Intel had their Q2 earnings today, and while we’ll get to that shortly, some news came out of the earnings call that was interesting. Intel CEO Brian Krzanich stated on their earnings call that Intel is now shipping their 7th Generation Core processor, code named Kaby Lake.

Kaby Lake was not even a product not that long ago, but with Intel coming up against the laws of physics with process shrinks, they made the announcement a year ago that they would be adding more architectures per process shrink. The delays in moving to 22 nm and then 14 nm meant that they were missing the anticipated product launches for their OEMs, which left the OEMs with quarters where they would have no new products to sell. In an attempt to smooth out the timelines to a more reasonable cadence, while at the same time coming to grips with the complexity of moving to smaller and smaller processes, Intel announced Kaby Lake as a successor to Skylake, which would build on Skylake and offer additional architectural improvements.

This was big news at the time mostly because Intel’s previous Tick Tock strategy was so successful. To abandon it was certainly an important step for the company, but with Kaby Lake seemingly on-time for a fall launch this year, just a year after Skylake launched, points to the investment being the correct one.

When Intel says they are shipping, they of course mean they are shipping to their device manufacturer partners, so we should start seeing Kaby Lake based computers this fall.

Another interesting point brought up during the call was on yields. Intel has found itself in a situation where it’s inventory levels are higher than they would like them to be, and the answer to this was yields. Intel’s yields improved in Q1, and to quote Stacy J. Smith, Intel’s CFO and EVP, “Frankly, they got a lot better in Q2 as well” which is likely another reason why Kaby Lake is being delivered on-time.

We should learn more about Kaby Lake at Intel’s IDF which is coming up in mid-August.

Source: Intel Investor Call

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  • Asubmani - Sunday, November 06, 2016 - link

    As per Intel's CPU comparision, it is a 8.6% increase in base frequency between i5-62000u and i5-72000u. APart from that the only difference is in the intel HD graphics 520 vs 620 HD graphics (non-issue if using 3rd party graphics card) Reply
  • tamalero - Tuesday, July 26, 2016 - link

    for the game part.. Id say it means the game is video card starved, not cpu starved. Reply
  • user7624312 - Wednesday, August 10, 2016 - link

    AVX-512? Please enlighten me how you would use that on any current Skylake processor. Reply
  • serendip - Thursday, July 21, 2016 - link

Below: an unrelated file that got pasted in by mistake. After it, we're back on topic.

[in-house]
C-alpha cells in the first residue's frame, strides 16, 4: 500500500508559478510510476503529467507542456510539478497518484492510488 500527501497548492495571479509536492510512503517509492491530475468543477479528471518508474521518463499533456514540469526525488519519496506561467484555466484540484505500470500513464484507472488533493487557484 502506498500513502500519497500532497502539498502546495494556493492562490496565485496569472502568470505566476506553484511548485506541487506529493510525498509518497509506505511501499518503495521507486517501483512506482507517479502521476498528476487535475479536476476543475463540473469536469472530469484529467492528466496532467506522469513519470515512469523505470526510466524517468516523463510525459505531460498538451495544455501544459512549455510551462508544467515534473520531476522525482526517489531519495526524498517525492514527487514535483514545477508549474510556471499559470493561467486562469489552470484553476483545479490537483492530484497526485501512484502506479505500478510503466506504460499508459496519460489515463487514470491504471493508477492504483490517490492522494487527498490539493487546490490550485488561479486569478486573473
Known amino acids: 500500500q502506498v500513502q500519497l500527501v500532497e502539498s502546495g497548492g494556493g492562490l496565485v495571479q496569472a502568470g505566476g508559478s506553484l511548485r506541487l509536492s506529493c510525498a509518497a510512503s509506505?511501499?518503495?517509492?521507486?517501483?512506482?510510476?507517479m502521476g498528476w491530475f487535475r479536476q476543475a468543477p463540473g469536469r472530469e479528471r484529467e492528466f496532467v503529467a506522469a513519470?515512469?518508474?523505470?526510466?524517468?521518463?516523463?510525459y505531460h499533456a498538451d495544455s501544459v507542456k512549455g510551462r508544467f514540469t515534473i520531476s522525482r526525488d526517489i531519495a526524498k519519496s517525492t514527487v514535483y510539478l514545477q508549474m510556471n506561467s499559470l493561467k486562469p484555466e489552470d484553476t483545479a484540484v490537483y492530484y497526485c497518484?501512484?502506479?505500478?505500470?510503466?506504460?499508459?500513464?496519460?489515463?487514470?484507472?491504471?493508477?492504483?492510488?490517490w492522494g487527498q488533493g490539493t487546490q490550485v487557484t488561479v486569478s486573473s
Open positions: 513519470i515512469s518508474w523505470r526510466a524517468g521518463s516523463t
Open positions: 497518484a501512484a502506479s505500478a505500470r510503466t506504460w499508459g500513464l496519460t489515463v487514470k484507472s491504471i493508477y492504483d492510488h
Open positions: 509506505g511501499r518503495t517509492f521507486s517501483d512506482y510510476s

I've got a Core 2 Duo laptop that I've kitted out over the years with lots of RAM and a fast SSD. Still good to go :)

    For office and typical home users, I could see the same desktops being used for 5 years or more. Bad news for Intel then.
    Reply
  • eddman - Thursday, July 21, 2016 - link

    This might sound funny, but I'm using a Core 2 Quad Q9550 @ 3.4 GHz and it runs pretty much everything at 1920 x 1080 at 40-70 FPS.

    CPUs became "good enough" a long while ago.
    Reply
  • extide - Thursday, July 21, 2016 - link

    Good enough, yes, but a core 2 quad is even slower than the AMD cores on the market right now, so yeah, there is that. Reply
  • eddman - Thursday, July 21, 2016 - link

    Um, what's your point? Obviously newer AMD chips are faster than that. I just wanted to point out that even an 8 years old CPU is able to handle current games at 1920 x 1080. Reply
  • ACE76 - Thursday, July 21, 2016 - link

    It's true...Instead of getting rid of my old x58 system, I upgraded the RAM to 48gb, slapped a 6 core Xeon 5670 in it and use two TLC SSDs in RAID for a very capable system..I still built a Skylake system only because it had been so long and i wanted to...but older systems are more than capable of handling today's games, etc. with the right video card. Reply
  • Jimster480 - Sunday, July 24, 2016 - link

    Depends on what you are doing, but yes you are right.
    And that is the reality of the fact that FX is actually more than enough for 90% of cases.
    Reply
  • abstraction - Thursday, July 21, 2016 - link

    Hello fellow Q9550 owner. Mine is overclocked at 3.9 GHz. For now I have a strange configuration, since my video card is GTX 980 Ti. Believe me or not, my PC runs recent Doom at max settings and 2560x1440 at 130-150 FPS. Yes, its Vulkan API which made CPUs even less relevant for games. DirectX 12 either, but it is still yet to come. I'll probably wait till Skylake-X comes out. Reply

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